• Jessica
    2018-11-12 16:52

    this book was a complicated one for me. if i could, i'd probably give it a 2 slash 3 for its rating. the best way i can describe it is this: you know when you meet someone and after talking for a little while you start to think, wow, this person is JUST like me, we're totally on the same wavelength! and then each meeting after that you continue to have the same impression UNTIL they say or do something so foreign to your personality that it makes you realize you are NOTHING alike. to the point where you just want to disassociate yourself from that person as quickly as possible all the while hoping that this person doesn't latch on to you, because there is no way you want other people thinking that there are any similarities between the 2 of you? well thats how i felt about the main character.i would have given the book a higher rating -- because the author does an AMAZING job of recreating that angsty, self-conscious, dreary wasteland known as the high school years -- but i was so annoyed with the ending. its just that the narrator (who is telling her story some 20 years later or so) still doesn't seem happy or content with her life. and it doesn't make sense to me that someone who is so insightful, and so able to acutely analyze and make sense of her past just can't move on and make a happier life. i didn't love high school, but life got INFINITELY better for me after that, and i just wanted to see SOME kind of progression in the narrator. sorry this is such a long review. i just get a little too involved in what i'm reading, and tend to fixate on it for way too long afterward. by the time the book ended, it was just depressing. it made me feel some overwhelming urge to write my own memoirs of high school just to prove to myself that i have evolved as a person since then. i don't know. this book left me very conflicted. and in the end, i don't think i could recommend it to anyone i know, both because i think many would be annoyed with the main character, and also because of the language and the sex scenes going on.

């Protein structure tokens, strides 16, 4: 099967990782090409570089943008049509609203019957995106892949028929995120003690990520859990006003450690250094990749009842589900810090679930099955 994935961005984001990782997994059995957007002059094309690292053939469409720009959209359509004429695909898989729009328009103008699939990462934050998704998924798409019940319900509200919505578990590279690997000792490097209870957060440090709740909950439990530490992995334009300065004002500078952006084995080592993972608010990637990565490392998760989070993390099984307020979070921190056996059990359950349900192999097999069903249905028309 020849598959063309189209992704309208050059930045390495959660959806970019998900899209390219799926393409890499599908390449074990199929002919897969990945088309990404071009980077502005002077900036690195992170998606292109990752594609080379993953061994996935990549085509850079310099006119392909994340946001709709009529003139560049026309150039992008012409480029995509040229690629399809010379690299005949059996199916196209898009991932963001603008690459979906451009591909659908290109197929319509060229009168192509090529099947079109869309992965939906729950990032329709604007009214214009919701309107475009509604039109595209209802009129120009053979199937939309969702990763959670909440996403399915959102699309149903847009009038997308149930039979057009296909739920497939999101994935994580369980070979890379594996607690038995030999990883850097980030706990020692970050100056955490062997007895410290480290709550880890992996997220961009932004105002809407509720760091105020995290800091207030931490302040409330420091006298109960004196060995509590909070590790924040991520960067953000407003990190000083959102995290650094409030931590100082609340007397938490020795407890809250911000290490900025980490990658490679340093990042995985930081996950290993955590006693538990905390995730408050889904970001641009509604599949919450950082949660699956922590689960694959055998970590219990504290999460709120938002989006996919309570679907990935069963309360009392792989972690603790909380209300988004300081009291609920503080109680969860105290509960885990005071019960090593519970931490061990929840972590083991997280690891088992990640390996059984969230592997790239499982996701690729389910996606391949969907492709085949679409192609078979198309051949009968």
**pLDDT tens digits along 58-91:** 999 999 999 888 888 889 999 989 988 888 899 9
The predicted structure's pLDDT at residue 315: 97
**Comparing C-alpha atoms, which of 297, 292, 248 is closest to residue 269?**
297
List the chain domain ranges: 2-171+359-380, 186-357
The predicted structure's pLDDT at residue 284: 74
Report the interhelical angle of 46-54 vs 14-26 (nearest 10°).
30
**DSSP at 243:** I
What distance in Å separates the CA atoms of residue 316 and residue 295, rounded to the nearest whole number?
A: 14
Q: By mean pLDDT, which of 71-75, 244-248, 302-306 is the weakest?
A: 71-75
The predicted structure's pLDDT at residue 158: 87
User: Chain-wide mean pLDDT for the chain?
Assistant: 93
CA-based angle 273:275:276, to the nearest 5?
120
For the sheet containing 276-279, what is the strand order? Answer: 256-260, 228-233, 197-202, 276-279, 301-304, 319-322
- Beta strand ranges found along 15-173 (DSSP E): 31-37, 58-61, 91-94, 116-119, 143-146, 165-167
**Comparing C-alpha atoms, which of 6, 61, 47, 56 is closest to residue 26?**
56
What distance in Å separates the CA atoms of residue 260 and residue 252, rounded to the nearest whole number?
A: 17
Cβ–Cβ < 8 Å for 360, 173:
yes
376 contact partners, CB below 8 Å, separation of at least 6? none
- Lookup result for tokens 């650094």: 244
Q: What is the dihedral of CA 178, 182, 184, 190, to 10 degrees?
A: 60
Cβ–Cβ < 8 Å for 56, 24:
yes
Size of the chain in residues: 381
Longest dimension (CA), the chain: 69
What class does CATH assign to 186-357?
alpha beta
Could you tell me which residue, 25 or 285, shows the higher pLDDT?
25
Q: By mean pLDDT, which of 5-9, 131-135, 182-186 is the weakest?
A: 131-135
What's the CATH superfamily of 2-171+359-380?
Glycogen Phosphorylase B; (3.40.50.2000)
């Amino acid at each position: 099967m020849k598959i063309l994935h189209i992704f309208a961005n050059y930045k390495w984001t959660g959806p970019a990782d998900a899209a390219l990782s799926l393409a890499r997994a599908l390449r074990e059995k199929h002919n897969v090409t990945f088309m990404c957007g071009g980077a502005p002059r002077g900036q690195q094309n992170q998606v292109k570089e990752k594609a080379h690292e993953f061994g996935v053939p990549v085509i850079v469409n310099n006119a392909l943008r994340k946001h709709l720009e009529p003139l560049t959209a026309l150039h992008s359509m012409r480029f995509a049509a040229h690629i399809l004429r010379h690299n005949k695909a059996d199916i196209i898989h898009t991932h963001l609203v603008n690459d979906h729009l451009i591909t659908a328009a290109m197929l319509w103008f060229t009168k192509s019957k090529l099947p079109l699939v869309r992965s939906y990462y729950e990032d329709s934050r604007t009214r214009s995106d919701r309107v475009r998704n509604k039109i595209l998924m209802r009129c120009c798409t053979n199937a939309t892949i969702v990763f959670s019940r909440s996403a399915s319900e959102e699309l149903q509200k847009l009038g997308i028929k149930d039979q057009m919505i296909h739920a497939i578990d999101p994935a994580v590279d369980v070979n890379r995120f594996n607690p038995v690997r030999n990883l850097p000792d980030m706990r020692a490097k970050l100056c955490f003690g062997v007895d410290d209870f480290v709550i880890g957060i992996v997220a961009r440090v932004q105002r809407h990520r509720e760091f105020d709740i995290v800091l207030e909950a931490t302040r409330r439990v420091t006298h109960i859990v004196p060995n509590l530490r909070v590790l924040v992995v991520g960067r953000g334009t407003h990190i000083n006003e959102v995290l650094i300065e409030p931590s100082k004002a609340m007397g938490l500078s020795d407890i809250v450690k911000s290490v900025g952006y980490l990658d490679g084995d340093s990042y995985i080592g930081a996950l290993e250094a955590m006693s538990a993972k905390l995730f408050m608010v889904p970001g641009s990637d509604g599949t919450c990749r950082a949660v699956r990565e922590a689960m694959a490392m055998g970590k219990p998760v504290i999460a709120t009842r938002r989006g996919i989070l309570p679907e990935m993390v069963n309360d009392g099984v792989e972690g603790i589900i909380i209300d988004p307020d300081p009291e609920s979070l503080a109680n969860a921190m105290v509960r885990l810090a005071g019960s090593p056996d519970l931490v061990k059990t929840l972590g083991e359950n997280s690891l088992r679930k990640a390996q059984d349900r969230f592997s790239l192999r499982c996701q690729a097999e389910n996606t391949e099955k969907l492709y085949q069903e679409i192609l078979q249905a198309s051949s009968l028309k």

• Spider the Doof Warrior
    2018-12-08 19:52

    I can't decide how I felt about this book.In some ways I could identify with the main character. The book reminded me a bit of when I went to college in upstate NY.But, at the same time, the main character was frustrating. She hated her school and where she was, but she didn't do anything about it. I loved my time in upstate NY. But this character was always complaining about how much she hated the school she went to and expressing frustration, but NOT TAKING ANY ACTION.And the whole "romance" part? Not so good.Also there is too much Omphaloskepsis (this is a cool word i just learned and need to remember)Who can stand being in this irritating girl's brain? This is the downside of first person narration. When you are stuck in the head of someone boring, annoying or frustrating or all three and you just can't squirm out of it because it won't switch to another more interesting narrator who is doing things besides being passive and just letting her life happen without trying to steer it.I keep bathroom reading this book. It's frustrating to be in this girl's head. Note to self, do not write a character in first person and have the audience go OMG WILL YOU GET OVER YOURSELF OR I WILL SMACK YOU WITH A TUNA!So I read it again from the beginning for some odd reason. I have so many books laying around my apartment. Why go back to this one? It frustrates me how this character lacks confidence. I really want to dip her in a pool of feminism and self respect. I want to lock teenagers in a tower and tell them, NO! You are NOT ready for the larger world at all even if you think you are. I'm not even ready and I'm old enough to be your mother if I had you very, very young. How can they think they can navigate the adult world if you can't even tell a boy what you really want? Admit it. You want him as more than just someone to have sex with and you should have told him this Lee, you pesky young woman! GUH! But sometimes she had moments of describing things in an amusing way that reminded me of me. But I OWNED my shyness, my desire for solitude rather than vilify them.It probably would have been more interesting if this character had been autistic and bisexual. Then her social awkwardness would have made a bit more sense and been more engaging to me who longs for more stories with bisexual autistic people. Or even asexual or heterosexual or gay autistic people.7/17 Ugh. Lee still annoys me so much.

  • Anna
    2018-12-03 18:10